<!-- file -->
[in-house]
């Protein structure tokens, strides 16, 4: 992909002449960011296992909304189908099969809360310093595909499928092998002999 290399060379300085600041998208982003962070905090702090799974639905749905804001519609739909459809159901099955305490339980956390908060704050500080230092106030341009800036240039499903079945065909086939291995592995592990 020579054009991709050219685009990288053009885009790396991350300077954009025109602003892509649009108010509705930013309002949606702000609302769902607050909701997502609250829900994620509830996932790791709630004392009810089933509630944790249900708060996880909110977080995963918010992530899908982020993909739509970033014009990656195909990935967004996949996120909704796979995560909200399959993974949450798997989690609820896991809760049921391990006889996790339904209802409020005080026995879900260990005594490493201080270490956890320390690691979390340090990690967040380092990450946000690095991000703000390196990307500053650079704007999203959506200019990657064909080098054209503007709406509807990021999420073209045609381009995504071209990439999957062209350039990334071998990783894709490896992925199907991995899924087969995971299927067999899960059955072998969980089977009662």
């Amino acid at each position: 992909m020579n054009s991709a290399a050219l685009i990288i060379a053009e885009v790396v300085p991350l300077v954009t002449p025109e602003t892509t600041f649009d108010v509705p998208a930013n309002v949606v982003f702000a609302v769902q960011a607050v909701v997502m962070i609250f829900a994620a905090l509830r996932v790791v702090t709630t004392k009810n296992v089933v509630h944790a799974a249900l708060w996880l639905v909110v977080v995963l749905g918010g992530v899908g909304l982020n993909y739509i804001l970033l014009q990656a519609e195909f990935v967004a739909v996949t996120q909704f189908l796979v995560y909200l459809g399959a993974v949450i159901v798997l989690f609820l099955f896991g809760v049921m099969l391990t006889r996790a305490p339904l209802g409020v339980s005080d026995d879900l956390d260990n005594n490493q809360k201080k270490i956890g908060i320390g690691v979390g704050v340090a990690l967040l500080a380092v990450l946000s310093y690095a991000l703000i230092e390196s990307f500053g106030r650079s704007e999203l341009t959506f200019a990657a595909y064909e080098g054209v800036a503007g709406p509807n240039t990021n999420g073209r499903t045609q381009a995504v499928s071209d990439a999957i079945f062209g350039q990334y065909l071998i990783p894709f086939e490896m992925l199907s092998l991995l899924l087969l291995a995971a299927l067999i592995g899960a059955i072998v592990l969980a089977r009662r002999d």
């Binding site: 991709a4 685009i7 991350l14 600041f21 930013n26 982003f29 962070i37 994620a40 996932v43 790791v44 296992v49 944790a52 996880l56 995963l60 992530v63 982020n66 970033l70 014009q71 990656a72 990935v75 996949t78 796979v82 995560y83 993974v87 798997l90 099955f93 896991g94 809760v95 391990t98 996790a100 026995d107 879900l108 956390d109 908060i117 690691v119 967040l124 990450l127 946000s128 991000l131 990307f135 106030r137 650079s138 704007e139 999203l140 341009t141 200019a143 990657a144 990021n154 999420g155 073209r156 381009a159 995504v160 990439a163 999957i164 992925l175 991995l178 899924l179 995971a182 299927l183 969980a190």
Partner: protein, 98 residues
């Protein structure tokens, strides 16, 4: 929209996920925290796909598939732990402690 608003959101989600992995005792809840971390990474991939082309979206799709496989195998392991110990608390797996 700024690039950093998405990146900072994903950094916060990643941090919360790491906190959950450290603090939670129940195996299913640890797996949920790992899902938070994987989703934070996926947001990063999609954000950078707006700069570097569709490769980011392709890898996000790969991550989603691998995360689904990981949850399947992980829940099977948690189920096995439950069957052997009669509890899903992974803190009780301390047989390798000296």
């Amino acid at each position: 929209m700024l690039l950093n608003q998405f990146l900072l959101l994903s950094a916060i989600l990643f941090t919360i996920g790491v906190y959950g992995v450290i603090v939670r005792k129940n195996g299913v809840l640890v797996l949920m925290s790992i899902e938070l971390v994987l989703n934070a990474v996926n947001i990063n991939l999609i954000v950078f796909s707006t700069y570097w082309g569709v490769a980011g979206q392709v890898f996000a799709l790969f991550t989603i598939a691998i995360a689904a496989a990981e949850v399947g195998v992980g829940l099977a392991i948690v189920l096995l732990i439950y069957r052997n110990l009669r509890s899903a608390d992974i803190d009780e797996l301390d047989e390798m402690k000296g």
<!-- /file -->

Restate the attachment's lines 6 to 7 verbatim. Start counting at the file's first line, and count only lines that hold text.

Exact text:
């Protein structure tokens, strides 16, 4: 929209996920925290796909598939732990402690 608003959101989600992995005792809840971390990474991939082309979206799709496989195998392991110990608390797996 700024690039950093998405990146900072994903950094916060990643941090919360790491906190959950450290603090939670129940195996299913640890797996949920790992899902938070994987989703934070996926947001990063999609954000950078707006700069570097569709490769980011392709890898996000790969991550989603691998995360689904990981949850399947992980829940099977948690189920096995439950069957052997009669509890899903992974803190009780301390047989390798000296």
């Amino acid at each position: 929209m700024l690039l950093n608003q998405f990146l900072l959101l994903s950094a916060i989600l990643f941090t919360i996920g790491v906190y959950g992995v450290i603090v939670r005792k129940n195996g299913v809840l640890v797996l949920m925290s790992i899902e938070l971390v994987l989703n934070a990474v996926n947001i990063n991939l999609i954000v950078f796909s707006t700069y570097w082309g569709v490769a980011g979206q392709v890898f996000a799709l790969f991550t989603i598939a691998i995360a689904a496989a990981e949850v399947g195998v992980g829940l099977a392991i948690v189920l096995l732990i439950y069957r052997n110990l009669r509890s899903a608390d992974i803190d009780e797996l301390d047989e390798m402690k000296g």